One example I will never forget is related to Wyeth’s Prevnar vaccine to protect infants and children from pneumonia, bacteremia and meningitis caused by Streptococcus pneumoniae.  When the marketing group first polled pediatricians as to the need for such a vaccine, only a very small percentage agreed that such a vaccine would benefit their patients.  This was apparently because in any given pediatric practice, the number of cases of such disease each year was very small.  Therefore, individual pediatricians could not see the larger picture.  Wyeth partnered with the Centers for Disease Control in the US as well as with pediatric infectious disease physicians to educate clinicians as to the actual impact of the disease within the US population of children.  With these data, they could then make an educated guess as to the favorable impact of the vaccine that was at that point still undergoing its late stage trials.  At the time of launch, following the educational campaign, something like 70% of pediatricians understood that such a vaccine would benefit their patients. In point of fact, the vaccine and its later improved versions have had an enormous impact on the disease in the US and around the world and are recommended as a routine vaccination for children universally. Prevnar was also the largest dollar volume launch of a product in the history of the pharmaceutical industry at the time. I would say that this was a win-win for everyone. 

While the marketing aspect of the campaign might make people feel queasy, I think that the educational component was clearly necessary and valuable in getting the new vaccine delivered to physicians and patients who then benefited from prevention of a serious and life-threatening disease. Part of any contract for implementation of the O’Neill upfront incentive payment must include a commitment for such an educational effort. This effort could be carried out in concert with professional societies to make sure educational boundaries are respected.  The regulatory agencies will also insist, as always, that the label be respected in any official company-released document.

Friday, June 12, 2015

Pharmaceutical Companies are not Public Health Agencies

A recent article in the New York Times aroused my ire (it happens more and more often these days). The article is about the stance of the pharmaceutical industry on world drug pricing in the context of the ongoing negotiations for a Pacific Trade Partnership deal. An Australian lecturer in public health was quoted as saying that the annex in question should not even be on the table. The annex, it is said, will raise global drug prices by allowing pharmaceutical companies more control over the prices they can charge in participating countries.  The companies want to make countries like Australia more like the US in terms of the pharmaceutical market. No wonder.  The US accounts for about half of all pharmaceutical profits worldwide.  Drug prices are an average of 30% higher in the US compared to the rest of the world. While I don’t agree with the industry that making the world more like the US is necessarily a good idea, I also do not think that using Australia as a model for drug pricing is good for the public health either.

When I was at Wyeth, I remember debates within our commercial organization as to whether it was even worthwhile to market certain products in Australia at the prices the government would allow. The population of Australia is 23 million – smaller than Canada’s 36 million and less than one-twentieth the size of Europe. Some drugs might only be used by a very small number of patients in Australia in any given year. The return on any marketing investment might be quite minimal. Why bother?  Higher prices might make the difference in some cases.  And, admittedly, for some products, a concern for the public health frequently motivates the pharmaceutical industry despite a general view to the contrary. Australia has a particular way of valuing drugs where less frequent dosing, better activity, and greater safety only provide marginal price increases compared to cheap generics. Only “truly innovative" drugs (as they define them) get higher prices.  As such, Australians have some of the lowest drug prices in the world, but lack some therapies that could provide better public health.  For a nice overview on world health pricing, see the WHO report here.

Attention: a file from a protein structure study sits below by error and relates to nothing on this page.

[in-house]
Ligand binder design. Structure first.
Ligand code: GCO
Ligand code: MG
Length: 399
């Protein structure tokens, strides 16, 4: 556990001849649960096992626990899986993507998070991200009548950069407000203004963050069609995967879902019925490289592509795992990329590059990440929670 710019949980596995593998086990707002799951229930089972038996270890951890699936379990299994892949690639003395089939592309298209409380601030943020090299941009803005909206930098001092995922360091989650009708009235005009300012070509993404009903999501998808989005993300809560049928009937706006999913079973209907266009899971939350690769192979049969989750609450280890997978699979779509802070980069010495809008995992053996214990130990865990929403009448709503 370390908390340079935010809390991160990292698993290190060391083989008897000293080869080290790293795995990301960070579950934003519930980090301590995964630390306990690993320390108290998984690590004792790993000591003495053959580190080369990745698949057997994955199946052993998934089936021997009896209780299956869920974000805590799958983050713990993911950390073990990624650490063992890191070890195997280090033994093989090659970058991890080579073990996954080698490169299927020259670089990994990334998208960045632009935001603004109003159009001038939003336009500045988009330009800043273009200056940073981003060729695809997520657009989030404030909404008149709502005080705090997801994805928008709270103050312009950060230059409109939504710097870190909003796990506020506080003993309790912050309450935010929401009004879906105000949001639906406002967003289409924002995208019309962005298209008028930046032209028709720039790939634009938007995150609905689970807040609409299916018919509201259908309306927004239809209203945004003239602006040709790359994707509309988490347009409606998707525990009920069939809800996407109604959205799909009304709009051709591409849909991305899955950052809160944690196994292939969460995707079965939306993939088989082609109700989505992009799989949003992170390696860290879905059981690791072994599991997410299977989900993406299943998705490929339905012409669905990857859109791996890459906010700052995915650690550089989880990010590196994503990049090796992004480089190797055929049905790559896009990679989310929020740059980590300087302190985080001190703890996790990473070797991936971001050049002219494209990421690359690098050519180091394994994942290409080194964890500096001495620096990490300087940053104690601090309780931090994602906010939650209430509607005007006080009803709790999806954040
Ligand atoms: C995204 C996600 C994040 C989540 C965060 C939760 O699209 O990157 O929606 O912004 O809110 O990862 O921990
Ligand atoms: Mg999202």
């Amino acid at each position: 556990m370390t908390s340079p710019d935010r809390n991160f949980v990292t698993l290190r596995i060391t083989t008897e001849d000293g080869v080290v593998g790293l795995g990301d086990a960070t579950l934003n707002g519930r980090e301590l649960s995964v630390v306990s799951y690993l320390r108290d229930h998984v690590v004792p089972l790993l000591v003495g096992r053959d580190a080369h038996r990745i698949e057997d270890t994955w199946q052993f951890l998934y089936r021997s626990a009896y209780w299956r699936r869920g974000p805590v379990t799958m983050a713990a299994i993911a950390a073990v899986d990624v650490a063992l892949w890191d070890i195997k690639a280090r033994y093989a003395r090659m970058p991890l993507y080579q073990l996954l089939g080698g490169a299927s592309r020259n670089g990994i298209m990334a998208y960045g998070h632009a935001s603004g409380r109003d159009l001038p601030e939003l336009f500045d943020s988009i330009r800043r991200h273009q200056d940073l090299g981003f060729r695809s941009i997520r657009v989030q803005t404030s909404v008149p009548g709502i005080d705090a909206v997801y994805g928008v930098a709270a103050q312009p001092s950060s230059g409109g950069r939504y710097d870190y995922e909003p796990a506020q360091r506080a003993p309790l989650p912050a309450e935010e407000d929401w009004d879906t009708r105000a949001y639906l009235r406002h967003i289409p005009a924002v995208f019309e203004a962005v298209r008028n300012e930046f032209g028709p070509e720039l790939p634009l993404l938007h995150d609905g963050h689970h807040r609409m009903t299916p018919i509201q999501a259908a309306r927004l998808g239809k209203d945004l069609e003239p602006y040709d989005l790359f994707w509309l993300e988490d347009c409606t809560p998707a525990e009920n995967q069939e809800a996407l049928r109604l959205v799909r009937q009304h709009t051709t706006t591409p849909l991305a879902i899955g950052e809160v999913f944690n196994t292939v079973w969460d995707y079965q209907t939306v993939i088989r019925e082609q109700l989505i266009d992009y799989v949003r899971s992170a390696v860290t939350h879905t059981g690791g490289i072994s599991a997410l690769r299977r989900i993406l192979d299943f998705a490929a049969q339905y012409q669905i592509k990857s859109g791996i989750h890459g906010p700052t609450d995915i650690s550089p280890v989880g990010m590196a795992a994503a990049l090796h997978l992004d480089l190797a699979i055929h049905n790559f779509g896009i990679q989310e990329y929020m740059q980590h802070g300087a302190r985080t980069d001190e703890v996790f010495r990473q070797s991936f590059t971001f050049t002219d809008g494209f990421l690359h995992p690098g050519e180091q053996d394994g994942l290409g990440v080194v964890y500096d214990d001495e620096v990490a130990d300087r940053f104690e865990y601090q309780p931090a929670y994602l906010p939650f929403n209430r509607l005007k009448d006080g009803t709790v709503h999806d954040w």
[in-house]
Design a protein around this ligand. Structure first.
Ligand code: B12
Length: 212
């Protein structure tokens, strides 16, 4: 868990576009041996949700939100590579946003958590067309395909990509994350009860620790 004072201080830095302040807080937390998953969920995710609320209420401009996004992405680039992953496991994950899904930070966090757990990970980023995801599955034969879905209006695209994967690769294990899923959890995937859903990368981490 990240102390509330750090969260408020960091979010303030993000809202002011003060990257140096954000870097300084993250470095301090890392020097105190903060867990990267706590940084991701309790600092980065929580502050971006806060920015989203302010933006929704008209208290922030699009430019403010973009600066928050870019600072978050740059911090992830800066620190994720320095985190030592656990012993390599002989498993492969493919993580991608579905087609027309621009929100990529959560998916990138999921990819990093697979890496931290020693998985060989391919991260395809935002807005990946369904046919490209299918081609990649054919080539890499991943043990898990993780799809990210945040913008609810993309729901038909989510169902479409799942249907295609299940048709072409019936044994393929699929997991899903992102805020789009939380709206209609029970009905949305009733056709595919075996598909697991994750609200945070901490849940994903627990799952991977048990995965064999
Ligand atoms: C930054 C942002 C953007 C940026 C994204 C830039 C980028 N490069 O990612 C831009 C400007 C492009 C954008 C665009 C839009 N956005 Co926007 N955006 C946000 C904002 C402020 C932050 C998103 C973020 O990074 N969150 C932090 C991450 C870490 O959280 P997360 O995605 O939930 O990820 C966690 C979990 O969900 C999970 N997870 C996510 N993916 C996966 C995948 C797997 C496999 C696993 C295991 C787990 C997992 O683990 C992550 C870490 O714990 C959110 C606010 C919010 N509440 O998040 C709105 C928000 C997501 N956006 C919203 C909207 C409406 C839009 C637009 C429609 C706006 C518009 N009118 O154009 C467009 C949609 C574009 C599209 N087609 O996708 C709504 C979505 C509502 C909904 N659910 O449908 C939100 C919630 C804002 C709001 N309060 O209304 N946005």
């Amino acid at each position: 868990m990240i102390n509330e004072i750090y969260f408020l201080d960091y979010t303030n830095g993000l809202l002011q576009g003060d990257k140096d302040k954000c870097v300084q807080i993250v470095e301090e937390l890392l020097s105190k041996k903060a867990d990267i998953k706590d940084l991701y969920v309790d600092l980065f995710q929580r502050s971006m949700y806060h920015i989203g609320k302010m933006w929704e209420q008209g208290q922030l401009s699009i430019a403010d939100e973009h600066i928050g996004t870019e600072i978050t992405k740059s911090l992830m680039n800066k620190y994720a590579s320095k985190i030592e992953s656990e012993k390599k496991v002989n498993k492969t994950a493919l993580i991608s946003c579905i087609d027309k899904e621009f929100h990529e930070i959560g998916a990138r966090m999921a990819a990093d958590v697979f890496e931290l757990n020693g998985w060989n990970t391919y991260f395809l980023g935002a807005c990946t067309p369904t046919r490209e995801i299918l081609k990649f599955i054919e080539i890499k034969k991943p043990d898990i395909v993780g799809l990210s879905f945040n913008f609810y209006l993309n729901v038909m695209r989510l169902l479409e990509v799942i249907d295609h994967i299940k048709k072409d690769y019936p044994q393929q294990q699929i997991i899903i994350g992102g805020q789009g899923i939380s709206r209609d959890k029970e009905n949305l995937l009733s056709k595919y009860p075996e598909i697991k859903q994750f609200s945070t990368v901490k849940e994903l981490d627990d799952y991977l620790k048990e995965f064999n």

The US is the only country (essentially) that does not have (nor does it allow) national negotiations for drug prices.  Medicare is not allowed to negotiate and neither is the Veterans Administration. This probably explains our higher prices.  It’s the Wild West out there.  Only the large, private, managed care organizations and payers can carry out such negotiations.  What this means, though, is that US dollars drive innovation within the pharmaceutical industry.  Why should the US taxpayer bear this burden compared to the rest of the world? OK – some countries are poor and should not be expected to pay the same prices as in the US.  I agree.  See what Gilead did about that recently. But compared to Europe, which, in spite of austerity and the economic crisis, is not poor, we still pay about 30% more for drugs. 

On the one hand, fewer profits to the industry will translate to less innovation in drug discovery and development.  This is clear – its just a matter of how much of their profits companies invest in research. On the other hand, it seems unfair that the US should bear the brunt of this burden.  Trade negotiations should bring this into balance.  This might involve a greater ability for national drug price negotiation in the US, and less stringent controls in the rest of the world.

Since, on the US side, any change here would require legislation.  And legislation that involves the US government actually spending money probably has as much chance of passing as snow in Miami in August. But one thing is clear to me – the US should not become Australia!